In the story of man-made global warming, a saga now stretching back many decades, the year just gone will be remembered as a standout, one for the history books.
Scientists are innately cautious, and don’t like getting ahead of the big national assessments to be rolled out, here and in Europe, the US and Japan, over several weeks starting mid-January.
Yet in late December the Copernicus Climate Change Service in Europe and California’s Berkeley Earth were saying it was over 99 per cent certain that 2023 would be recognised as Earth’s hottest year since the mid-1800s, when instrumental records became sufficiently widespread to provide a base for comparison.
It can be said with just as much certainty that 2023 will also be the first year with an annual average temperature above 1.5C, which was agreed to be a “safe” threshold by virtually every nation in the world in Paris in 2015. It will need more years like 2023 before it can be confirmed that threshold has been passed, but it’s an ominous sign.
There was no clear sign that anything especially unusual was afoot through the first five months of last year, with monthly average global surface temperatures close to the pattern of previous years. While they were amongst the top monthly readings for recent years, it seemed 2023 would be another of those nearly-but-not-quite years.
But behind those outward indicators were more fundamental ones. In late 2020, a little over three years ago, the World Meteorological Organisation predicted that the world’s chances of passing 1.5C by the end of 2025 were less than 20 per cent. In 2022 it increased that to 50 per cent. Last May it announced a greater than even chance, 66 per cent, that the threshold would be passed within five years.
Polar sea ice was a telling sign that something was afoot. Because its surface is white, sea ice reflects heat from the sun back into space, and when it melts it exposes more darker-hued ocean to solar heating.
In May 2023 it became clear that greatly diminished autumn freezing was exposing a vastly greater area of the Southern Ocean than usual to solar heating. In June, a study published in the leading scientific journal Nature Communications found a strong likelihood that within a decade, melting of multi-year ice would ensure that for the first time in thousands of years the North Pole was open water right through summer.
The next sign of something big happening came in with the release of June surface temperature data. After five months of near-record temperatures June leaped clear of the pack by an almost-unprecedented 0.2C.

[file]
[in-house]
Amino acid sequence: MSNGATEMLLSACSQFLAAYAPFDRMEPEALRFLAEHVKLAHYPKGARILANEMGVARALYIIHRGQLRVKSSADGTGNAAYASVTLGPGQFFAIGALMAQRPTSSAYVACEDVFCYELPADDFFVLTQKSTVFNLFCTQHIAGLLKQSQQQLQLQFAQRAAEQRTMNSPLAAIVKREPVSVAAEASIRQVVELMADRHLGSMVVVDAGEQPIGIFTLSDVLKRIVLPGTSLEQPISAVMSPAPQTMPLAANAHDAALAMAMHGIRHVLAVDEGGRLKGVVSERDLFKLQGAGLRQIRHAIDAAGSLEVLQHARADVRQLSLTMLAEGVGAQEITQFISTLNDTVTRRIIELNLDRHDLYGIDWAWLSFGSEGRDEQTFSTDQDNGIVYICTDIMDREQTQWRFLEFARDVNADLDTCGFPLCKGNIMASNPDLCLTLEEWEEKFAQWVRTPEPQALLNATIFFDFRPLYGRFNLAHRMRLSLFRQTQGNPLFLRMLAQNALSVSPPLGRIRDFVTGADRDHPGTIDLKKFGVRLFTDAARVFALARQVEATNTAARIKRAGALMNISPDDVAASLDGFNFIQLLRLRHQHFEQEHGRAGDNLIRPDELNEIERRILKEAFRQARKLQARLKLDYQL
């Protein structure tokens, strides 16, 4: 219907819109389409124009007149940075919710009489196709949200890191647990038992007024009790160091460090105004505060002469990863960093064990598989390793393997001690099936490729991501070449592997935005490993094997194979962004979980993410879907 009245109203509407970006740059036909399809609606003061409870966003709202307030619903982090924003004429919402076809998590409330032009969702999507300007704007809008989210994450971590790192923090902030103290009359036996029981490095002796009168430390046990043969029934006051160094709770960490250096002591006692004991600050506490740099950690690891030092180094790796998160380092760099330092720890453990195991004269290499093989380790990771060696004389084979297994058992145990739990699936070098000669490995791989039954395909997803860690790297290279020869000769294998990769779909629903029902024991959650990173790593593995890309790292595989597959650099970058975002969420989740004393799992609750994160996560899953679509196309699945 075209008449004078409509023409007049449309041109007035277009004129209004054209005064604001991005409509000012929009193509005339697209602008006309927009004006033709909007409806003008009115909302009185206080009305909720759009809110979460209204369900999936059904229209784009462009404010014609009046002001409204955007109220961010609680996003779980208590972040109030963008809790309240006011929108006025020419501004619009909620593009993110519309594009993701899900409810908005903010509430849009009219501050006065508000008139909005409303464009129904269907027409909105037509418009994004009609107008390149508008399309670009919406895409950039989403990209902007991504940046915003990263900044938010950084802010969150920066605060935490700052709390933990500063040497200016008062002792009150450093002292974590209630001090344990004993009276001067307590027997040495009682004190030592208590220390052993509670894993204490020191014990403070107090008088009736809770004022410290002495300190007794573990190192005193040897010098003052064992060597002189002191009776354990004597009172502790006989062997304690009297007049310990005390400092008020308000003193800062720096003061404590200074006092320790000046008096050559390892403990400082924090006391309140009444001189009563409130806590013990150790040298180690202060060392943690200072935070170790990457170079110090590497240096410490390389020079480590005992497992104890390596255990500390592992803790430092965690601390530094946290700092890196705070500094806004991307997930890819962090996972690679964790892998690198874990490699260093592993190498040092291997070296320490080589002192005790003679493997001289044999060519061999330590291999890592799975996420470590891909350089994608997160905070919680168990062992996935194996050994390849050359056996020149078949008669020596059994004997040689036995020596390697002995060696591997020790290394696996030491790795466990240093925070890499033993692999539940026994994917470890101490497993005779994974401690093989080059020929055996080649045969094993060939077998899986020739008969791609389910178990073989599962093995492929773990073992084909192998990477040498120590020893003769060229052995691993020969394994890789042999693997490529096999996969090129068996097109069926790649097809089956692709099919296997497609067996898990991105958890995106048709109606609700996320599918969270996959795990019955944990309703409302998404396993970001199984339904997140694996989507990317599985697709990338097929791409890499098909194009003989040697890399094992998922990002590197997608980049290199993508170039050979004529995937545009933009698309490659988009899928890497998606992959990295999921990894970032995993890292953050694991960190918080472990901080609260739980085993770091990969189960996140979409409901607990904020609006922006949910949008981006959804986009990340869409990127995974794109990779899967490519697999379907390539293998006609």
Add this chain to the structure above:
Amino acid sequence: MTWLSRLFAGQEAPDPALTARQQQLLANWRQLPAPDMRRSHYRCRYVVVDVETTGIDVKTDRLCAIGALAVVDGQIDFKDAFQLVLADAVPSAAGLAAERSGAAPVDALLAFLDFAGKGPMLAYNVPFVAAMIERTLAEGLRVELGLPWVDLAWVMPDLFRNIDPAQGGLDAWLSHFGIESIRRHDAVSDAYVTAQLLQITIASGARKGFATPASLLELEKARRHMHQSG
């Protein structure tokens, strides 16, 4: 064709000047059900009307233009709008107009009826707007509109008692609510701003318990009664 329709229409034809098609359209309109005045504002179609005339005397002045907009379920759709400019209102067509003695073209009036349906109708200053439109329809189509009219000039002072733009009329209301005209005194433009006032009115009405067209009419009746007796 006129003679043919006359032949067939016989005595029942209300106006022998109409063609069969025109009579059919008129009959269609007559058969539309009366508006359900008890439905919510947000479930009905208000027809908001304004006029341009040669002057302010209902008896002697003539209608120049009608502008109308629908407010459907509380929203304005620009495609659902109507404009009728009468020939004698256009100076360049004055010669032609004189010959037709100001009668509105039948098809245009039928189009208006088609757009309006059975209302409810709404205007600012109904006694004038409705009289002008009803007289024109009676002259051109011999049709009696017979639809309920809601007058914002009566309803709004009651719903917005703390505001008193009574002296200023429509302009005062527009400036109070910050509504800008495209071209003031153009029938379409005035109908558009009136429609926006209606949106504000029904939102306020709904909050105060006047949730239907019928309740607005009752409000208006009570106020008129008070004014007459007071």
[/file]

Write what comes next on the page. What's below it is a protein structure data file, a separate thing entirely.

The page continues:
But that was just the start. July was a record by a whopping 0.4C, a record repeated in the four months following – except for one. September was a standout for all the wrong reasons: it exceeded the previous September record by 0.5C – the biggest monthly temperature anomaly ever recorded. And by the way, it was more than 1.8C above the pre-industrial average for September.
So it continued in October and November, both months recording global average temperatures well clear of the pack. With September, those three months had the biggest temperature anomalies on record.
The upshot is that after a warm but predictable start, 2023 exceeded all expectations, finishing up easily the hottest year on record, and well clear of that 1.5C threshold which expert pundits had thought might still be four or five years away.
2023 has been a bad year for all sorts of reasons. The calamitous war in Ukraine, the even more dangerous Gaza conflict and economic disruption in Africa and Latin America drove millions of people to seek refuge and security in richer countries, in the process jeopardising governance everywhere.
At the same time oil, gas and coal interests continued trying to distract humanity from tackling what is ultimately the deadliest threat to everyone, climate change. The wars, the civil strife and the greenwashing all serve to take our attention away from the urgent need to end fossil fuel use.
There are two parts to the climate change story. There is the story that science is uniquely equipped to tell: the simple, physical facts of the matter – the story I’ve focused on here.
There is also the human story: how we respond to these often brutal facts, both collectively and personally. In the end that story is the most telling of all. I will return to it often in 2024, as we continue our struggle to resolve humanity’s greatest challenge.